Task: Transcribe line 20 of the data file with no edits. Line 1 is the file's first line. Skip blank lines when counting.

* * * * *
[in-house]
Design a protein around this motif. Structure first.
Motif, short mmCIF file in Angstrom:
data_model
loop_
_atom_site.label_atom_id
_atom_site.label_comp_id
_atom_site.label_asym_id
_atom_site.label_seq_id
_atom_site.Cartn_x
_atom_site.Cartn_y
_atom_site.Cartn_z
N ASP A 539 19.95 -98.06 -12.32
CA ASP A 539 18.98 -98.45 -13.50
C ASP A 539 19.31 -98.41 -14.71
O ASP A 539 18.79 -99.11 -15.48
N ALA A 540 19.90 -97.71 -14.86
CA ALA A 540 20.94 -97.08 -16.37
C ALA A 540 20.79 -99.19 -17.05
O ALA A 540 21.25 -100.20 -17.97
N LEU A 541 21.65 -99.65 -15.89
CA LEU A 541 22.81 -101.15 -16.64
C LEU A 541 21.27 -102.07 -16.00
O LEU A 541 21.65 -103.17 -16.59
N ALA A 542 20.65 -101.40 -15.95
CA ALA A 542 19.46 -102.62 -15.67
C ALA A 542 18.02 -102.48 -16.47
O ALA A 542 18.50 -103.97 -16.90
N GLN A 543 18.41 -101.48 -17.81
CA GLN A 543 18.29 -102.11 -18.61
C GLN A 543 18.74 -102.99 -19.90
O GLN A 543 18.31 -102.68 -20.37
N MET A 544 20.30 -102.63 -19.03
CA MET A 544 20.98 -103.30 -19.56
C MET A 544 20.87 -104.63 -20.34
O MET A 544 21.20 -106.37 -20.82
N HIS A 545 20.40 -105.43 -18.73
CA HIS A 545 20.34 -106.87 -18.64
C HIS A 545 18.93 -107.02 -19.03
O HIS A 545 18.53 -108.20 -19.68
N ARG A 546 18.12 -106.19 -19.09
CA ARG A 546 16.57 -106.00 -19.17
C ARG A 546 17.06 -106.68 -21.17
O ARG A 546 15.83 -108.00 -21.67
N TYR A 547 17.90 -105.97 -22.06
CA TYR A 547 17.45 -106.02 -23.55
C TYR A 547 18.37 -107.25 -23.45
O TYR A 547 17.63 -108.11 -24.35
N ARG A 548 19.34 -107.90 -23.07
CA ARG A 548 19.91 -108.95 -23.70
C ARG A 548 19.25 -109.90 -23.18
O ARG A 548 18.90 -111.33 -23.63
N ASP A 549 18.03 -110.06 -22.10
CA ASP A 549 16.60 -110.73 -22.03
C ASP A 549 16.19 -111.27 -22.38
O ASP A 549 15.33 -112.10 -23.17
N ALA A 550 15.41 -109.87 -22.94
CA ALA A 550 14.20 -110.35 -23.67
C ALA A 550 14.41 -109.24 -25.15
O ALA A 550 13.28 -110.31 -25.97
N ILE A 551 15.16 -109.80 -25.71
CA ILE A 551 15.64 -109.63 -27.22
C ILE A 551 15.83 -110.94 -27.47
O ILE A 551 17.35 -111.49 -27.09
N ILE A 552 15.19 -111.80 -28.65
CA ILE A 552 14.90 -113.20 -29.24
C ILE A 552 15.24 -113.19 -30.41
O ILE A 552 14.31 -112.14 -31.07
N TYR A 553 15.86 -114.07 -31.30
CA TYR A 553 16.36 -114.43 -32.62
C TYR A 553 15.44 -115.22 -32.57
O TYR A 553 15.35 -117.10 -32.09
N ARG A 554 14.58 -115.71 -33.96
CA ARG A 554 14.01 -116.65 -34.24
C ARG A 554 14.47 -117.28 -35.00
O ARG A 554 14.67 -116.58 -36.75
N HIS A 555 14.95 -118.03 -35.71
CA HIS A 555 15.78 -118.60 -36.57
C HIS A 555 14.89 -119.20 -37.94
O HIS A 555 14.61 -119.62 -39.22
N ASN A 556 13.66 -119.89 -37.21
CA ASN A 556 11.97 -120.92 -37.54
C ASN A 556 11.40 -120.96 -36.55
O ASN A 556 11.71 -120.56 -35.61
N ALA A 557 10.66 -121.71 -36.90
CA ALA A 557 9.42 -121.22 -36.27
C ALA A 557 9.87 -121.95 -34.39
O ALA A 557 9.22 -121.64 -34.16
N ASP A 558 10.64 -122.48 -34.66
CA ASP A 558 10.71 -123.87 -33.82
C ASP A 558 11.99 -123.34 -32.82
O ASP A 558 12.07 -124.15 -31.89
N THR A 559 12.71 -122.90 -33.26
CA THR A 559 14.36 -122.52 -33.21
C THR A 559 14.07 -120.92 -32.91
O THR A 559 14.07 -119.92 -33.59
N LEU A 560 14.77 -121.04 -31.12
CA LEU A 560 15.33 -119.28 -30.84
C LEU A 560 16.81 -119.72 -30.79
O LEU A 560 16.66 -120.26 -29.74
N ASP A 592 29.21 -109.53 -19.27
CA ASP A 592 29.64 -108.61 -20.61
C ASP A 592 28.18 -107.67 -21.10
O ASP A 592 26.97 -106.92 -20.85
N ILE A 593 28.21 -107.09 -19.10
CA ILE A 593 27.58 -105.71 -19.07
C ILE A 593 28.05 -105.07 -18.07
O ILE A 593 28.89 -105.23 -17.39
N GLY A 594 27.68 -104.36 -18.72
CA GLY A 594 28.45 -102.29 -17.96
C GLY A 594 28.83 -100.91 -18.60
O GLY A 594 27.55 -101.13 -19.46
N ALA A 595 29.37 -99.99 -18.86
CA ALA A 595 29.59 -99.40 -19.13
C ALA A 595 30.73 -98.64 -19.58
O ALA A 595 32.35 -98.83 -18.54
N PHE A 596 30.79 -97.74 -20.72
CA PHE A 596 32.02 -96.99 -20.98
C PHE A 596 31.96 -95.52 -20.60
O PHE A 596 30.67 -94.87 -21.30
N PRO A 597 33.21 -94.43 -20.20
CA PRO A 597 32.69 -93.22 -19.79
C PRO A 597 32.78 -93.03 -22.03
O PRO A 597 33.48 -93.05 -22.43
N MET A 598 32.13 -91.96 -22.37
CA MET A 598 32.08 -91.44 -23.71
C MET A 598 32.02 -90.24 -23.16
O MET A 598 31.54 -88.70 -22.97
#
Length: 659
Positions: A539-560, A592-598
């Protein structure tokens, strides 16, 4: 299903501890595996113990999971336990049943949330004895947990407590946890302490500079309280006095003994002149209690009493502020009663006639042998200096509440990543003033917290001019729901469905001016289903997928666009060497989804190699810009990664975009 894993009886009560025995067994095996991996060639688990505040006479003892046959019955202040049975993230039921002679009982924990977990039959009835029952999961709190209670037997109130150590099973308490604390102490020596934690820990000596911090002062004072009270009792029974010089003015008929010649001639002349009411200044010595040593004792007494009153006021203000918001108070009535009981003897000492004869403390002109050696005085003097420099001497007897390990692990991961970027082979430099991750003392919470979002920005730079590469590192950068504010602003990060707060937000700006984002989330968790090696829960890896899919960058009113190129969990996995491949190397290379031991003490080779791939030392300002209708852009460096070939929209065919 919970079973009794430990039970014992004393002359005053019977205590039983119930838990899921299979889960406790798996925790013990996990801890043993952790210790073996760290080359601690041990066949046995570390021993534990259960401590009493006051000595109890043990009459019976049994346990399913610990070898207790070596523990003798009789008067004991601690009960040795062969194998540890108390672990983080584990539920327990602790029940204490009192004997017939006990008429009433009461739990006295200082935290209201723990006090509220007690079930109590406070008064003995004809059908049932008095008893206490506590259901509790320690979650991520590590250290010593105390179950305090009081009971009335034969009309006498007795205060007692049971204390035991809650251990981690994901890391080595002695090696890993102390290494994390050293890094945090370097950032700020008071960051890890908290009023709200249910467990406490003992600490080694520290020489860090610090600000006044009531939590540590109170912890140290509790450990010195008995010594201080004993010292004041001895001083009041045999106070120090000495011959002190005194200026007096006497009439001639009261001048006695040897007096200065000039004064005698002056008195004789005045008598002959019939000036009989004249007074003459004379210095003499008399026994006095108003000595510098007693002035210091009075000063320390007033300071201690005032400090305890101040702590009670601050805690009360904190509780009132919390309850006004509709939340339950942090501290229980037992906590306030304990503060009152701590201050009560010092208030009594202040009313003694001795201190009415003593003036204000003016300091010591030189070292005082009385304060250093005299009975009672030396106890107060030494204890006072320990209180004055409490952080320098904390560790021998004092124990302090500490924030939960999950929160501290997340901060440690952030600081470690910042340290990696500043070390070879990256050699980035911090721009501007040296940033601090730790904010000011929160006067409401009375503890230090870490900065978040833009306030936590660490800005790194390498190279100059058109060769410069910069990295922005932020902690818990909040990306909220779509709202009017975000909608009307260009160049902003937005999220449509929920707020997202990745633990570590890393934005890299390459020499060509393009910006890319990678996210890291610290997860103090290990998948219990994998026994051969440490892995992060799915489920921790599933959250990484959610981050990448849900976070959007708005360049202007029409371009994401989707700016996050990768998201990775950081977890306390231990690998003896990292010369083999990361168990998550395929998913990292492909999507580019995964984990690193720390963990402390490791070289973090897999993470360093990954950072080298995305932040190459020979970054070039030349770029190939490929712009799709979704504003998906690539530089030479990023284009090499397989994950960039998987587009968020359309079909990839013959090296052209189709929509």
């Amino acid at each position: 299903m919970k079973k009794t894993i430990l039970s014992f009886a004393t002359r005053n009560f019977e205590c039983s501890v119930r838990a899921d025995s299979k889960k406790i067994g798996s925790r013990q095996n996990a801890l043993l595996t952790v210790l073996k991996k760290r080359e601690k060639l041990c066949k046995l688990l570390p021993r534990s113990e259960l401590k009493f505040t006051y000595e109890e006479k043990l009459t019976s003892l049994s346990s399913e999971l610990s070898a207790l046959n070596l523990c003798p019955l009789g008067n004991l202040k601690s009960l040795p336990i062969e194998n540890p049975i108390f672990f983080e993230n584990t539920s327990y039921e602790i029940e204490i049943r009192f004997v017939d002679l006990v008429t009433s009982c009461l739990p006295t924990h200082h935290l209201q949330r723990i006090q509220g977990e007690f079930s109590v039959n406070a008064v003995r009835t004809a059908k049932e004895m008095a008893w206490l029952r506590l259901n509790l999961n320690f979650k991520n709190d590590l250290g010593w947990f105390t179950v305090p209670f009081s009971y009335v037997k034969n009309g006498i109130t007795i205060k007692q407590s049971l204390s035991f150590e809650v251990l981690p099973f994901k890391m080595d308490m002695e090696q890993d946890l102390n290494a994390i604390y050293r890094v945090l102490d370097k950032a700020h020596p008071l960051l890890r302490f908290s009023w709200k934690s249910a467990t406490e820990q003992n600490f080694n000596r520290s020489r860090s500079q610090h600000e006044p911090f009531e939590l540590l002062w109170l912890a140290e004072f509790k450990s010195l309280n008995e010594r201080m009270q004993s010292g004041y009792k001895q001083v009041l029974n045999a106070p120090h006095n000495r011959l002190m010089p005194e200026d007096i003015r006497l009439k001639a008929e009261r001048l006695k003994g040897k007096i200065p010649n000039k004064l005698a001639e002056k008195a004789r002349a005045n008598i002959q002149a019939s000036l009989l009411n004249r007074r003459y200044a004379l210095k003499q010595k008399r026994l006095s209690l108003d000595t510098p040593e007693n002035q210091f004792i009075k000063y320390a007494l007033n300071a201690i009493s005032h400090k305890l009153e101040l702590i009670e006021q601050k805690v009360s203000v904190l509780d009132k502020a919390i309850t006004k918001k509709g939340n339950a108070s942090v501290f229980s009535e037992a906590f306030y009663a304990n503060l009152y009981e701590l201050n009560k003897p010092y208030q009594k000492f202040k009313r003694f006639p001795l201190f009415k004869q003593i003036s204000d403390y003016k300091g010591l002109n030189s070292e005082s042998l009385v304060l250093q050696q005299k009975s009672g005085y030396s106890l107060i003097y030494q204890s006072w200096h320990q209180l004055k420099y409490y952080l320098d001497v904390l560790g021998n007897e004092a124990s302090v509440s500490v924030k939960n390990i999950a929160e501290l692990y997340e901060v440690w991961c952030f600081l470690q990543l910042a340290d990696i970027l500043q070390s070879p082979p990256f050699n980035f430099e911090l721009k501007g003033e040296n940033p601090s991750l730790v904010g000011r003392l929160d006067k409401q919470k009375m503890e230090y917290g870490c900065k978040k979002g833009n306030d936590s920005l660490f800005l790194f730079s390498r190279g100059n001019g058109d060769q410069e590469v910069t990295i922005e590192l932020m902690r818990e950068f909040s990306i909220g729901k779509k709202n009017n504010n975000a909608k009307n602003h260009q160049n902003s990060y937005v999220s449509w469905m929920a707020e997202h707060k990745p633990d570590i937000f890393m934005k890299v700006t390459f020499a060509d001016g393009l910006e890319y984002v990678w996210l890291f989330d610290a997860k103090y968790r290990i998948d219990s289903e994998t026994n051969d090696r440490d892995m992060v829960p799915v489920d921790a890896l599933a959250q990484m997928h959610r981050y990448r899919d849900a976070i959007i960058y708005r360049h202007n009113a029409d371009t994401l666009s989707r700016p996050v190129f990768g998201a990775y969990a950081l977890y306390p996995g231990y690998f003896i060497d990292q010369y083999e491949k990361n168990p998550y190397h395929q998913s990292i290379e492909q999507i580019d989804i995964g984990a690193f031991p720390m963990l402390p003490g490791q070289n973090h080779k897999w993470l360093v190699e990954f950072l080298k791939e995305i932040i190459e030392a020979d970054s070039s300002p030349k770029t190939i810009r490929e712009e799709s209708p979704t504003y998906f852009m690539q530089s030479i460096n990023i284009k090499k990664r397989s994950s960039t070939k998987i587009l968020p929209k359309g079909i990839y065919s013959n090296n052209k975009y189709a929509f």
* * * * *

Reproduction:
O ALA A 540 21.25 -100.20 -17.97